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Car emissions deal for 2020 will reduce CO2, create jobs and lower fuel bills

Transport & Environment welcomes the result of the European Parliament vote on new car CO2 emissions in 2020, but regrets the unnecessary weakening of the June agreement. The agreement confirmed today by the European Parliament means that the 95 gram CO2/km target will now be met one year later than planned, in 2021. 

Lorry safety advances under threat after vote delayed

There are concerns for the future of lorry design proposals that would drastically improve road safety, after a vote in the European Parliament was postponed earlier this month. The Transport Committee will not decide until March 18 on the long-awaited rules governing driver visibility, lorry-crash performance and more aerodynamic, emissions-saving design.

30% car-CO2 cut becomes law after MEPs vote

A deal to salvage something of the EU’s post-2015 strategy to reduce carbon dioxide emissions from new cars has been agreed by MEPs. The European Parliament voted this week to approve the original 95 grams per kilometre limit, but by 2021, not 2020 as planned. T&E said the weakening of the Commission’s original proposals was ‘unnecessary’ and would create additional CO2 emissions, but it was still an acceptable deal overall.

As it stands, the TTIP could threaten democracy

This letter was first published by the Financial Times on February 19 2014. Sir, it is lazy of the Financial Times to brand critics of the Transatlantic Trade and Investment Partnership as “antitrade campaigners” (“No time to waste on transatlantic trade”, editorial, February 17). Two examples should suffice to illustrate that the controversy around TTIP is not so much about trade as about legitimacy and democracy.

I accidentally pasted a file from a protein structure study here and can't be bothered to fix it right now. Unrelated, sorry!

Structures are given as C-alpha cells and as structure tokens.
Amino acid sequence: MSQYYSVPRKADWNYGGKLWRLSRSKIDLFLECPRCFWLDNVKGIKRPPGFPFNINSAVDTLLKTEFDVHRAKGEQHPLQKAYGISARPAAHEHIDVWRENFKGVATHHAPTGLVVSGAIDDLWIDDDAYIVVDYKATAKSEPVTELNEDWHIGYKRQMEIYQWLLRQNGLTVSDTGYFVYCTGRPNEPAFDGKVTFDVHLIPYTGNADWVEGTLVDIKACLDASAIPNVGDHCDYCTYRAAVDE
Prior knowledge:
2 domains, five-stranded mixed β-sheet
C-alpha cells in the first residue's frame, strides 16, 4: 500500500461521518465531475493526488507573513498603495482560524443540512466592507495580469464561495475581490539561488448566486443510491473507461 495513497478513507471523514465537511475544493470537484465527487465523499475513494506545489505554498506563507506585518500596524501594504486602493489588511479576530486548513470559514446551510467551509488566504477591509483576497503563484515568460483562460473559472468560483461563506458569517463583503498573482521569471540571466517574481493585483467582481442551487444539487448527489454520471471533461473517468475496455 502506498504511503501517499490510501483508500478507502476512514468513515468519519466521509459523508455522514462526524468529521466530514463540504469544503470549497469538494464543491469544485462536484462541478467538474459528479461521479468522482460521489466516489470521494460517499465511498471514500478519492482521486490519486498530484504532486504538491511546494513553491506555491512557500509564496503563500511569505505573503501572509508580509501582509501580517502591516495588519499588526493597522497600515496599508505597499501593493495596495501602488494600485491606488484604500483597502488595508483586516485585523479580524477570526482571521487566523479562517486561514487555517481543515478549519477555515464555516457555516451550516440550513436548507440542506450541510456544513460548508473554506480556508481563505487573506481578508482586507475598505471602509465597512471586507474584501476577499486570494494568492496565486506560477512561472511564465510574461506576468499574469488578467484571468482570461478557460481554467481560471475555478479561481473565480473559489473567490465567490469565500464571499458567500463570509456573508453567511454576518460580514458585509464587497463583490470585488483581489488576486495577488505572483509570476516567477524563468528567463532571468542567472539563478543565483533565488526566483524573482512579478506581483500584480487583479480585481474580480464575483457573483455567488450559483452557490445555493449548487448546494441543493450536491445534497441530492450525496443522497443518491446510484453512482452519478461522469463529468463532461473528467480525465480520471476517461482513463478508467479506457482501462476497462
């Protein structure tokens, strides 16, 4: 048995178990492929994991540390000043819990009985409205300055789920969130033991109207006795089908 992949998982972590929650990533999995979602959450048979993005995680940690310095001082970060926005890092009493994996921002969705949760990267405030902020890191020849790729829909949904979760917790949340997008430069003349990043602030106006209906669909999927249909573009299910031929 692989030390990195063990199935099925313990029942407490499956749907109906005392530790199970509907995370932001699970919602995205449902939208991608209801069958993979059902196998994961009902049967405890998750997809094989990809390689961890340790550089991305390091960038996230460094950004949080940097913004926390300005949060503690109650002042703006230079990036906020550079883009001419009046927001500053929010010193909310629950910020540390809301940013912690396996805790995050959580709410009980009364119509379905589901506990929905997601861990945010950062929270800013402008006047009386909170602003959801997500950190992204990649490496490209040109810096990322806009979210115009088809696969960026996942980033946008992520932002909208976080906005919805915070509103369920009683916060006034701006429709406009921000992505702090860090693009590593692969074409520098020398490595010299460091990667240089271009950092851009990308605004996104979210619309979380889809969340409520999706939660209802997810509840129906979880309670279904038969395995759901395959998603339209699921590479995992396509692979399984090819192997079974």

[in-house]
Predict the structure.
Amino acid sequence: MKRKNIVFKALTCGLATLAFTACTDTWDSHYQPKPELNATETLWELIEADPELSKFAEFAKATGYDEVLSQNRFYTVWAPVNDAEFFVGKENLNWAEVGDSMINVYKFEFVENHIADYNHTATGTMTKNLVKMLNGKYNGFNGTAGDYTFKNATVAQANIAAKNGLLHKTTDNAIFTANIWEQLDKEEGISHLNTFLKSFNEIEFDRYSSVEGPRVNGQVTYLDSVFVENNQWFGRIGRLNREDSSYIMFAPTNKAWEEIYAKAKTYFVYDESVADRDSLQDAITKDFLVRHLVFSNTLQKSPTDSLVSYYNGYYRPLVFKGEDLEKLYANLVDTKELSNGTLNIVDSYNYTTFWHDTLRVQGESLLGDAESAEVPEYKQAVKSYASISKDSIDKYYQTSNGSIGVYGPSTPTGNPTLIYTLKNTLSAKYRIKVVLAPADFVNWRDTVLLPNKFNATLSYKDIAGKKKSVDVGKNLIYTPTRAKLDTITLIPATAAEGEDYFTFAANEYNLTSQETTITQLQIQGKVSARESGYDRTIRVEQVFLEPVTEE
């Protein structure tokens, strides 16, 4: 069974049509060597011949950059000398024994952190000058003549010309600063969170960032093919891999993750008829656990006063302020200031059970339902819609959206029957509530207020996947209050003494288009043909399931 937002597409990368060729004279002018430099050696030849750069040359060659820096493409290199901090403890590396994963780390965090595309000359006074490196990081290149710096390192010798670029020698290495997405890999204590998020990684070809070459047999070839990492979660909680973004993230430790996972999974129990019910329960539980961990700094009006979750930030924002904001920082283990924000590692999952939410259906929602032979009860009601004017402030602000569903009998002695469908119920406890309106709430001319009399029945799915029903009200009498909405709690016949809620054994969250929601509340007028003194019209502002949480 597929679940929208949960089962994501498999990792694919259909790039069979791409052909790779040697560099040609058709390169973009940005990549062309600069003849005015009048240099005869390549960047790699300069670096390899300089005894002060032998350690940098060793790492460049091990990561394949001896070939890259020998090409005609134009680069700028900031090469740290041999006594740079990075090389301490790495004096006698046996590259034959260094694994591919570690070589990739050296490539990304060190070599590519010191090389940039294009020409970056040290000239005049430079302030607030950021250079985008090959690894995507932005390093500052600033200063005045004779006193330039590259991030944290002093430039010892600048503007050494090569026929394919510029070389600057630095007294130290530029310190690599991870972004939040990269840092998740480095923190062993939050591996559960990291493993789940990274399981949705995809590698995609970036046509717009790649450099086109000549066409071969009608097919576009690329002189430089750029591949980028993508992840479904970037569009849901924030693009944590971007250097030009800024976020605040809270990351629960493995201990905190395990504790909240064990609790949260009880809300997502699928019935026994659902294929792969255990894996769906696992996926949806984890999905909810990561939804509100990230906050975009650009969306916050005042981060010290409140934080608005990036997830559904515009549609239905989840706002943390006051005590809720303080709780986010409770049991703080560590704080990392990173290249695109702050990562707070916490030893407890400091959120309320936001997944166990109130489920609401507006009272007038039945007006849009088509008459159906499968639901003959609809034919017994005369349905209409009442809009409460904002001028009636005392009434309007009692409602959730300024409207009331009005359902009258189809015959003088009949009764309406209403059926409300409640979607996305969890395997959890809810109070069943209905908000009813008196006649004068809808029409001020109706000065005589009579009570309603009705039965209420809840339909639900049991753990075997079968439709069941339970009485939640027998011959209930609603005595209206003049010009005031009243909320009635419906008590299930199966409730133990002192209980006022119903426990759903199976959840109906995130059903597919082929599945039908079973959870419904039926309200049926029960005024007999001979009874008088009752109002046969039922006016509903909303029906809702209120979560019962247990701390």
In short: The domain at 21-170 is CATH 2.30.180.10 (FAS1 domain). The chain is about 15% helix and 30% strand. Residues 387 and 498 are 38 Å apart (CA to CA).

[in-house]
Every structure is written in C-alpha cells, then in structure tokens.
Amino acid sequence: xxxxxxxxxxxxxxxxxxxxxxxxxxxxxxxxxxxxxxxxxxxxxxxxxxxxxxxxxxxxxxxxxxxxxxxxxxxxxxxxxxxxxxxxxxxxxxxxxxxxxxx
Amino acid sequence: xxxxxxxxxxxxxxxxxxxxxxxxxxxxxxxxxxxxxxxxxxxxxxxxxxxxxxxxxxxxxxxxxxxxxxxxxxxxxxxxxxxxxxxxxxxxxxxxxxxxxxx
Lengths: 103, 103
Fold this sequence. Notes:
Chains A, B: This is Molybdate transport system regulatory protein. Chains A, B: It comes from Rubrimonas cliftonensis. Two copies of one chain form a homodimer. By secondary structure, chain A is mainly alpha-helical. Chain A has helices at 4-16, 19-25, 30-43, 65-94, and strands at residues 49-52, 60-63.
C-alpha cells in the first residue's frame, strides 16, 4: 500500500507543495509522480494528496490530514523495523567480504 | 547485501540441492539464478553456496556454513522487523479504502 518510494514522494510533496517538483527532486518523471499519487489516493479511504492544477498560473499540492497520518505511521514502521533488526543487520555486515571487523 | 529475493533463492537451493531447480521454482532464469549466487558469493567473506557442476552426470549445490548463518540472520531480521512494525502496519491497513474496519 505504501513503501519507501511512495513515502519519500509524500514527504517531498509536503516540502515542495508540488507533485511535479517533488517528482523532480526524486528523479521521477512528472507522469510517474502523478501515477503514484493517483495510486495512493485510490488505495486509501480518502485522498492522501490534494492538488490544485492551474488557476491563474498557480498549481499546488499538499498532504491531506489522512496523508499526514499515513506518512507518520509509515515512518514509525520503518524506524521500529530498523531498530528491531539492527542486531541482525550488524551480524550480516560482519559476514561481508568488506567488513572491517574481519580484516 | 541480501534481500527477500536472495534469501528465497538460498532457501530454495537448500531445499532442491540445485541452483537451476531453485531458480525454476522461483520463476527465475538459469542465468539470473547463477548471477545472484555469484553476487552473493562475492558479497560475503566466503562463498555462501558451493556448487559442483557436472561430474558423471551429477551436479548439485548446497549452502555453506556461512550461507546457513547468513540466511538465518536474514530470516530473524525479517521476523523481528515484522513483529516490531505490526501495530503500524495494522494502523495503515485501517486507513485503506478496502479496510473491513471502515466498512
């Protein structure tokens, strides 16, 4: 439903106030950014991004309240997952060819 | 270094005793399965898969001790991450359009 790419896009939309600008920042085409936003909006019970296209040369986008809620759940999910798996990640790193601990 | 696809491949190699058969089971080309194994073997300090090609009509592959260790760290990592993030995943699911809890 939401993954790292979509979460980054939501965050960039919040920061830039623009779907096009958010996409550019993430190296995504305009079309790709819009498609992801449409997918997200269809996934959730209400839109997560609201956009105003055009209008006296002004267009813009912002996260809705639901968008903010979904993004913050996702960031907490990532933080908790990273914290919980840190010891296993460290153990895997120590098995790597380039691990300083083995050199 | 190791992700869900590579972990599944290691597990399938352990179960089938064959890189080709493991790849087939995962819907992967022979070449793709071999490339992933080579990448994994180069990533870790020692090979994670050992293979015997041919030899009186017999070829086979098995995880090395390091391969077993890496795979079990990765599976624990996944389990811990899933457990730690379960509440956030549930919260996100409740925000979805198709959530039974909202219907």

The Commission's new aviation state aid guidelines

Sketch of a book (default image for publications

Aviation is the most carbon intensive transport mode, yet European member states exempt airlines from fuel tax and airline tickets completely from VAT. Now, with its aviation state aid guidelines, the Commission has decided to open the floodgates and expand operating aid to airports in an effort to boost their turnover.

Commission opens the floodgates to public aid for airports and low-cost airlines

The European Commission today published its final guidelines on state aid for aviation, which will allow regional airports and the airlines serving them to keep receiving subsidies worth an estimated €2-3 billion a year.

Governments urged to make foreign airlines pay for pollution in EU

Foreign airlines that failed to comply with the EU’s aviation emissions trading system (ETS) must be forced to pay for their pollution, environmental NGOs have told authorities in Germany, the Netherlands, and the UK.

Free BMW and Audi cars a conflict of interest?

A leading Green MEP has questioned whether sponsorship of the EU presidency by Audi and BMW could represent a conflict of interest. The German luxury carmakers provided free cars to EU member states that were responsible for leading policy negotiations over new carbon emissions targets.

Rail reforms amended

MEPs this week voted to approve rail reforms that would harmonise technical specifications and create a single EU-wide authorisation procedure for rail stock. However, the European Parliament diluted the Commission’s proposal to more clearly separate companies that run rail infrastructure from those that provide freight and passenger services, reversing a previous position by its transport committee.

‘Megatrucks’ fears delay Parliament lorry safety vote

The European Parliament’s transport committee has postponed a vote that had been scheduled for today on design rules of lorries. The proposed design changes would make lorry cabs slightly longer, enabling a rounded, aerodynamic nose as well as great improvements to driver’s visibility and lorry crash performance. These changes have been delayed due to disagreements over whether to allow so-called ‘megalorries’ [1] to cross national borders. The committee vote has been postponed until 18 March.

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